Demand for vacation homes persists in Oklahoma City and its suburbs
It’s not quite the season – the usual moderate vacation home buying season – because the racing housing market is barely slowing down.
If anything, the sales growth rate has slowed. Nationwide, this is what happened in October, according to the National Association of Realtors: sales increased 0.8% from the previous month, a far cry from the 7% gain in September. .
Sales here fell 9%, from 2,651 in September to 2,415 in October, according to the Oklahoma City Metro Association of Realtors.
But October sales were still higher than before the coronavirus in October 2017, 2018 and 2019 – by 33.2%, 21.2% and 15.8%, respectively.
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And prices have continued to rise – the median up 2.5% and the average up 4.6%, month-over-month, across the metropolitan real estate agent service area.
The increases since the start of the year have continued to scare: in Oklahoma City and surrounding suburbs, the median price through October, $ 235,000, and the average price, $ 278,876, are up 8.8 % compared to last year.
Home sales fall, demand persists
So why are the prices continuing to rise even though sales are dropping here from September to October? The number of new registrations even increased in October.
Demand is still very high. The number of new listings in October, 1,996, was higher than the number of homes still on sale at the end of October, 1,831.
That’s a one-month supply, in a market where homes have sold out in just 15 days on average.
“We don’t have an inventory problem,” said Jared Kennedy, founder of Lime Realty. “We have a supply and demand problem, and although demand is slowing down a bit, it is still very high.
“We sell the same amount, or more, than normal in all (price) ranges. Inventory is fine. But demand is very high, so the way the market is approached is very good for sellers. . “
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Landon Whitt, agent and CEO of OKCReal, said he saw what could be some cooling in investor demand. Foreign investors have helped to increase demand and prices. This made entry into a home particularly difficult for first-time buyers.
“I’ve had three different investors who got cold feet after they made an offer and pulled out of the deal, just over the past two weeks, all over concerns about volatile returns,” Whitt said. . “Customers bringing money over the rating have been over for us since September.”
Is the demand for housing turning?
Something seems to be going on in the market, said Kacie Kinney, agent at Keller Williams Elite.
“Things seem to be slowing down, but it’s hard to say if it’s seasonality, buyer fatigue or the market,” Kinney said. “Many buyers have put their searches on hold over the holidays because the stress of losing multiple offers has become too great.
“For me, as a listing agent, we still have multiple offers on most listings, but we could get five or six offers, whereas a few months ago we were getting 10-15 or more offers. We have listed two extremely similar houses. in the same neighborhood three months apart. The first one this summer received 16 offers and the next one received six in October. Only time will tell.”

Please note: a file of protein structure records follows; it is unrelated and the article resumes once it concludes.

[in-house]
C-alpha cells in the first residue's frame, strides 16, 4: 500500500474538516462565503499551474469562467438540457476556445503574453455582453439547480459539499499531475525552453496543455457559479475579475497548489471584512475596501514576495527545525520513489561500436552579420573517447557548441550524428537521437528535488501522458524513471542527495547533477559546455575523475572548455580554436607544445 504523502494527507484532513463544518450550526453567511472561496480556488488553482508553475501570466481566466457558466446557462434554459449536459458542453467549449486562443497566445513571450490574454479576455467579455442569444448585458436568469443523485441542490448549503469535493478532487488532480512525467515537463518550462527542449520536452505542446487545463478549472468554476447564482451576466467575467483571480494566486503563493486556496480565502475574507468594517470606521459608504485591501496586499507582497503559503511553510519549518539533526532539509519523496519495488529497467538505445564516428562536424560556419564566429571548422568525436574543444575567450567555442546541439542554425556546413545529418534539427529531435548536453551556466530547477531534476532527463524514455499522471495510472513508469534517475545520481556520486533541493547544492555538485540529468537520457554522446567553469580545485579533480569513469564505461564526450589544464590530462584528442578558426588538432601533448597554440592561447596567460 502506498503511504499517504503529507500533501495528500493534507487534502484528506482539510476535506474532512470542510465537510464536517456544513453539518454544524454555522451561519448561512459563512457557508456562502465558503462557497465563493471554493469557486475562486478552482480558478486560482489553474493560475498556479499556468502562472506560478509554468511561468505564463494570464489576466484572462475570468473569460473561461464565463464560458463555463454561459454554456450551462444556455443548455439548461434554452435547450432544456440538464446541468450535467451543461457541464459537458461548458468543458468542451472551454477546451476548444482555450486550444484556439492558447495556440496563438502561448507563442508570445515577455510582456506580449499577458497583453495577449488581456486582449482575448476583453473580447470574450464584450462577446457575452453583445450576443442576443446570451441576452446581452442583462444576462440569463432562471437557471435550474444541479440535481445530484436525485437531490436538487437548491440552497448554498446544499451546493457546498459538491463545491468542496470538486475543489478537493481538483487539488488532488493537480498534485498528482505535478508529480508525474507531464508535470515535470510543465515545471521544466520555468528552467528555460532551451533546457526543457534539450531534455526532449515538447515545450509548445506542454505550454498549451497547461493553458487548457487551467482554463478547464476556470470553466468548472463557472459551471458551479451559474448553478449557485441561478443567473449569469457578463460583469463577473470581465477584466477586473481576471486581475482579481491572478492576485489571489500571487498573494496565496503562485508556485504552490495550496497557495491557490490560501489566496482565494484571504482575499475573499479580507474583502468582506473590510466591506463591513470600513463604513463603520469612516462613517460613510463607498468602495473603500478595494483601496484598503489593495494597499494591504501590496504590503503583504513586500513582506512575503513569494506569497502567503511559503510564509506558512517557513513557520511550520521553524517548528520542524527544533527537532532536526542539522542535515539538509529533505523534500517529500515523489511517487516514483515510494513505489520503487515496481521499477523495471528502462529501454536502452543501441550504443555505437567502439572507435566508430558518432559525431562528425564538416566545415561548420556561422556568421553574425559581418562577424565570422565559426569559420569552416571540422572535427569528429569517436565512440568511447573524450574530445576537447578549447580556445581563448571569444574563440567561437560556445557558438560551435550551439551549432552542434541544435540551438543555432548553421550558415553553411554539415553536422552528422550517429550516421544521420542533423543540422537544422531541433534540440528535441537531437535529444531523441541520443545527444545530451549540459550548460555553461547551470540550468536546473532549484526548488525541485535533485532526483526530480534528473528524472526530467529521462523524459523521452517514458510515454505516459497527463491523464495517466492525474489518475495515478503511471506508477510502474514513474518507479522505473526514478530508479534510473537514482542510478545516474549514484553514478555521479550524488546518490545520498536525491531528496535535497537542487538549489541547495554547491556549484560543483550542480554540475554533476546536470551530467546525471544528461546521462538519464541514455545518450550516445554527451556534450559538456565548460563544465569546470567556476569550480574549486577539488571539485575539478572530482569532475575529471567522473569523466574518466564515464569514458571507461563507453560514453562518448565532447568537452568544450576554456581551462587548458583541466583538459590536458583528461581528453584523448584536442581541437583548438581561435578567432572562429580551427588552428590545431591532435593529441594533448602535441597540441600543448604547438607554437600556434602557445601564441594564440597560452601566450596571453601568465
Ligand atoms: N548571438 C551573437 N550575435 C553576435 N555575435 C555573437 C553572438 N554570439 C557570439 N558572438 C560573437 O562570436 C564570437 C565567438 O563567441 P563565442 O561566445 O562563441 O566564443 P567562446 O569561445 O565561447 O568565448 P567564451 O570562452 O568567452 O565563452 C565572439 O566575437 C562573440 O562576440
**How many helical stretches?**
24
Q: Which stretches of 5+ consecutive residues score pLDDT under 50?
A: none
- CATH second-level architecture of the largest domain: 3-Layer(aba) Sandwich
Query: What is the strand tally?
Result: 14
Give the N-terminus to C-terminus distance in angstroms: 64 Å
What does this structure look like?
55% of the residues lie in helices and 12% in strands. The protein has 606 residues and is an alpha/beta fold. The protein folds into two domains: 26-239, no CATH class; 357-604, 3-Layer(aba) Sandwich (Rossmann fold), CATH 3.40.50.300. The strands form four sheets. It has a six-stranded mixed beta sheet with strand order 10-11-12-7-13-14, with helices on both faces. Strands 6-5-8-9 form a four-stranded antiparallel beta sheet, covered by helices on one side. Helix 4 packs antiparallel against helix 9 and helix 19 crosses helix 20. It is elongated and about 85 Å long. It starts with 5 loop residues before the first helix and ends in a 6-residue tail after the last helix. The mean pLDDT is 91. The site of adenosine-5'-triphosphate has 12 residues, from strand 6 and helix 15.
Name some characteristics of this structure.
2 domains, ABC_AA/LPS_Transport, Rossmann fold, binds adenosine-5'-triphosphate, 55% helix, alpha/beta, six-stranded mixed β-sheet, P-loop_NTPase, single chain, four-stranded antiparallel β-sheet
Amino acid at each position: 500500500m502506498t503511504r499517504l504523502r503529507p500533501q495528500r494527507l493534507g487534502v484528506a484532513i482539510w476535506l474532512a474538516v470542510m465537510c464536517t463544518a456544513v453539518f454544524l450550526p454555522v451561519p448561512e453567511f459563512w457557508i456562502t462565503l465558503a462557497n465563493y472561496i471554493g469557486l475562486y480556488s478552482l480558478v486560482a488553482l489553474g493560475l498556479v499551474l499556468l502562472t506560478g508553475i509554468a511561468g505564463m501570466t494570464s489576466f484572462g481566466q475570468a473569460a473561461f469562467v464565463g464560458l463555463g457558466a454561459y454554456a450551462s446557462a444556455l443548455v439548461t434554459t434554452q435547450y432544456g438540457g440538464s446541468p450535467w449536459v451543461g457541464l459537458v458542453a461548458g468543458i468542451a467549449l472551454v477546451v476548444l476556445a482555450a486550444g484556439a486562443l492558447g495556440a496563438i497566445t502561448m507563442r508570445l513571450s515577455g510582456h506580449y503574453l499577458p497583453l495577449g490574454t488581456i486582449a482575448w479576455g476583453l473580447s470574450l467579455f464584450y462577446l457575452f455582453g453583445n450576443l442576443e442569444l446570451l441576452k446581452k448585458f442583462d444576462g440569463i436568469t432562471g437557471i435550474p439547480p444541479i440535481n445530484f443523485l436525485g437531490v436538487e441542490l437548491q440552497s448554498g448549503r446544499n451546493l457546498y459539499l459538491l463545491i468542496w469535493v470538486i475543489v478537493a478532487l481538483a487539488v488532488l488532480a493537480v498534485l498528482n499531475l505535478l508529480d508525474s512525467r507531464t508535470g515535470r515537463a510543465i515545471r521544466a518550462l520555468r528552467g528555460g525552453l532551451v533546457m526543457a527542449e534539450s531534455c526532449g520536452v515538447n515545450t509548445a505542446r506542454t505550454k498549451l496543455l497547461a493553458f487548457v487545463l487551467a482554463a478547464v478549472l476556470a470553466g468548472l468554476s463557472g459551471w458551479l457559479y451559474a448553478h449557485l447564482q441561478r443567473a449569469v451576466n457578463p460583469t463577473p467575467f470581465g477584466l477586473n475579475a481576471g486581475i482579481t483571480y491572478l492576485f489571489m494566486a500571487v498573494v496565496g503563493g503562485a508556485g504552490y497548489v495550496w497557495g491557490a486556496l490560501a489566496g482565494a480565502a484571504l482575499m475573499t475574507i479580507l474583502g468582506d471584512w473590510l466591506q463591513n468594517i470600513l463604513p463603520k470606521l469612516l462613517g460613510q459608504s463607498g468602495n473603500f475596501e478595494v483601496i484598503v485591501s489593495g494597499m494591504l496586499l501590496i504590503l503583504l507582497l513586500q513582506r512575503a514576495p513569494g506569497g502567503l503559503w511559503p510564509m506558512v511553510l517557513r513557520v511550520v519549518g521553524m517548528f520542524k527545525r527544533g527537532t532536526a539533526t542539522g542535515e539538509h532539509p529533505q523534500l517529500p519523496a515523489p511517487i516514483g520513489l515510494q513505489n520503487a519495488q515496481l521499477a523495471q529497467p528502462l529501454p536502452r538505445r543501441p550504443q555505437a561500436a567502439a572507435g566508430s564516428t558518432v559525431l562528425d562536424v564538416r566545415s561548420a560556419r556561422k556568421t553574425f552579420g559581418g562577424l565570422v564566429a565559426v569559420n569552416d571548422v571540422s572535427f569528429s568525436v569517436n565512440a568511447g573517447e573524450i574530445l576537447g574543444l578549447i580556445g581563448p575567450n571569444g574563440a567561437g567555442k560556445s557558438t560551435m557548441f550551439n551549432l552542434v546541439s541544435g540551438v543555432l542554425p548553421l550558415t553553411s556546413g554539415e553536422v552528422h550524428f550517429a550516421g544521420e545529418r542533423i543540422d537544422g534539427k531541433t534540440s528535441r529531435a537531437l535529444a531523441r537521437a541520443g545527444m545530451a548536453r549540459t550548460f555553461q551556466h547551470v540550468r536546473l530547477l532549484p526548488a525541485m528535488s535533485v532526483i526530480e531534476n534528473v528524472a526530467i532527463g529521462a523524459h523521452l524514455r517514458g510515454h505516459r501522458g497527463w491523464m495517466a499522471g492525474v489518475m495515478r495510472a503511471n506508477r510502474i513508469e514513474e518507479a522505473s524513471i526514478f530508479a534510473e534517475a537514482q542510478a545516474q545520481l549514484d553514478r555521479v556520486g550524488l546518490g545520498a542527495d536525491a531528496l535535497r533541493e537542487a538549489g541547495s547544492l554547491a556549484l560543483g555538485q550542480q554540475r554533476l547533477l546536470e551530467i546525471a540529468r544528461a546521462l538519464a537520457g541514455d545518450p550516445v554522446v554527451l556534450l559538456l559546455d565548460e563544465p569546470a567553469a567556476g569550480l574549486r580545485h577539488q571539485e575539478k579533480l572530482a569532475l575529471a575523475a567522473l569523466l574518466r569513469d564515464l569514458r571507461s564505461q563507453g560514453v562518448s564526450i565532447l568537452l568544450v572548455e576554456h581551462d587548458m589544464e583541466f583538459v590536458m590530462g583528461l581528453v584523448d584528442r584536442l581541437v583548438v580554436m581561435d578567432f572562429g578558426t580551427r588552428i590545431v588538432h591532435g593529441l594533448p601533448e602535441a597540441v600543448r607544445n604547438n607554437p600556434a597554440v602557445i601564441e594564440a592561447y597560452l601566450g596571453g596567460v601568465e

Not all officers detected a sign of a slowdown.
“Busy, busy! Pre-holiday closures and registrations coming in December!” said Emily Frosaker-Kyle of Modern Abode Realty.
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Steve Bennett of Redbud Property Inspections LLC said he still has his work cut out for him.
“My business did 250 home inspections in October. Our third quarter average was 222 per month. November will likely end closer to the third quarter average. It doesn’t seem to be slowing down much on our end,” he said. -he declares.
For their part, builders in the metro area started more homes in October than in September, and 5,535 so far this year in Oklahoma City, unincorporated Oklahoma County, Bethany, Blanchard, Choctaw, Edmond, Midwest City, Moore, Mustang, Newcastle, Noble, Norman, Shawnee and Yukon, according to the builder’s report from Dharma Inc ..
This is 8% more than in 2020.
New to you? Do these things
Vanessa Johnson of eXP Realty, who sits on the board of directors of the Metro Association of Realtors, said she always advises new owners to:
• Change all locks and reset all access codes, including for garages. “You never know who has a key,” she said.
• Get to know your neighbors, especially if you have children. “Introduce yourself and get a feel for them,” she said.
• Update your address for all scheduled deliveries, including regular packages.
Additionally, RISmedia’s Housecall, a housing industry blog, recommends people living in a new or newly arrived home locate the fuse box, find the water and gas shutoff valves, test smoke and carbon monoxide detectors, create emergency plans and find out about HVAC systems.
Senior Business Writer Richard Mize has covered housing, construction, commercial real estate and related topics for the newspaper and Oklahoman.com since 1999. Contact him at [email protected]